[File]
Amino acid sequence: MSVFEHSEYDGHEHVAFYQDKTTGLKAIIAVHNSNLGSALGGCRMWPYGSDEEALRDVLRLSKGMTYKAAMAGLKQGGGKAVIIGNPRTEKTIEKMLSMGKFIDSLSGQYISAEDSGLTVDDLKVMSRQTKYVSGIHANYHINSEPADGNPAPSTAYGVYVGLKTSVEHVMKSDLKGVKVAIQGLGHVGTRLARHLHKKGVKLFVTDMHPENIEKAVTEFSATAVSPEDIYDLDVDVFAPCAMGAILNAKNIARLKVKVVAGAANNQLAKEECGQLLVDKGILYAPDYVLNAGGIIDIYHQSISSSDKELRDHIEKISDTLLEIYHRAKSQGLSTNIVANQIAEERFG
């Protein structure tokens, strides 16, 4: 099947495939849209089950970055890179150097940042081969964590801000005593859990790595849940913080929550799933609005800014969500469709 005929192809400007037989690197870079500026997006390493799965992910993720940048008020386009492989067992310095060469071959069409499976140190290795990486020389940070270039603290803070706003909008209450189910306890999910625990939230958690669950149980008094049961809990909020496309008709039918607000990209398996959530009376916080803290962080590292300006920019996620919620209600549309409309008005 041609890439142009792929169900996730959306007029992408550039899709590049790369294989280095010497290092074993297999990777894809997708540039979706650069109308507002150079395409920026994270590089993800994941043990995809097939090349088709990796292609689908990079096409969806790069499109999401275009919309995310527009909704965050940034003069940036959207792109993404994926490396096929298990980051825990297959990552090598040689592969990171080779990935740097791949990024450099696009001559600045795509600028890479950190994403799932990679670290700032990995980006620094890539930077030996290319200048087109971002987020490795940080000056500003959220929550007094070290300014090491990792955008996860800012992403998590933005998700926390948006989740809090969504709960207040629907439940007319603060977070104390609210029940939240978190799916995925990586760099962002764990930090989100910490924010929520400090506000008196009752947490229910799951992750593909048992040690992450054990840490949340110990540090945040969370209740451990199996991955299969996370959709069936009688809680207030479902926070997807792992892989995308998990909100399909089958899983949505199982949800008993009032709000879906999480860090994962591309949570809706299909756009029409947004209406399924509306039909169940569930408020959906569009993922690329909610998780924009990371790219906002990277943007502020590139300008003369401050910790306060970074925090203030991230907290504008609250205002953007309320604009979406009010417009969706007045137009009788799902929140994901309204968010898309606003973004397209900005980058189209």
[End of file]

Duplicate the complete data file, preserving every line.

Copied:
Amino acid sequence: MSVFEHSEYDGHEHVAFYQDKTTGLKAIIAVHNSNLGSALGGCRMWPYGSDEEALRDVLRLSKGMTYKAAMAGLKQGGGKAVIIGNPRTEKTIEKMLSMGKFIDSLSGQYISAEDSGLTVDDLKVMSRQTKYVSGIHANYHINSEPADGNPAPSTAYGVYVGLKTSVEHVMKSDLKGVKVAIQGLGHVGTRLARHLHKKGVKLFVTDMHPENIEKAVTEFSATAVSPEDIYDLDVDVFAPCAMGAILNAKNIARLKVKVVAGAANNQLAKEECGQLLVDKGILYAPDYVLNAGGIIDIYHQSISSSDKELRDHIEKISDTLLEIYHRAKSQGLSTNIVANQIAEERFG
């Protein structure tokens, strides 16, 4: 099947495939849209089950970055890179150097940042081969964590801000005593859990790595849940913080929550799933609005800014969500469709 005929192809400007037989690197870079500026997006390493799965992910993720940048008020386009492989067992310095060469071959069409499976140190290795990486020389940070270039603290803070706003909008209450189910306890999910625990939230958690669950149980008094049961809990909020496309008709039918607000990209398996959530009376916080803290962080590292300006920019996620919620209600549309409309008005 041609890439142009792929169900996730959306007029992408550039899709590049790369294989280095010497290092074993297999990777894809997708540039979706650069109308507002150079395409920026994270590089993800994941043990995809097939090349088709990796292609689908990079096409969806790069499109999401275009919309995310527009909704965050940034003069940036959207792109993404994926490396096929298990980051825990297959990552090598040689592969990171080779990935740097791949990024450099696009001559600045795509600028890479950190994403799932990679670290700032990995980006620094890539930077030996290319200048087109971002987020490795940080000056500003959220929550007094070290300014090491990792955008996860800012992403998590933005998700926390948006989740809090969504709960207040629907439940007319603060977070104390609210029940939240978190799916995925990586760099962002764990930090989100910490924010929520400090506000008196009752947490229910799951992750593909048992040690992450054990840490949340110990540090945040969370209740451990199996991955299969996370959709069936009688809680207030479902926070997807792992892989995308998990909100399909089958899983949505199982949800008993009032709000879906999480860090994962591309949570809706299909756009029409947004209406399924509306039909169940569930408020959906569009993922690329909610998780924009990371790219906002990277943007502020590139300008003369401050910790306060970074925090203030991230907290504008609250205002953007309320604009979406009010417009969706007045137009009788799902929140994901309204968010898309606003973004397209900005980058189209």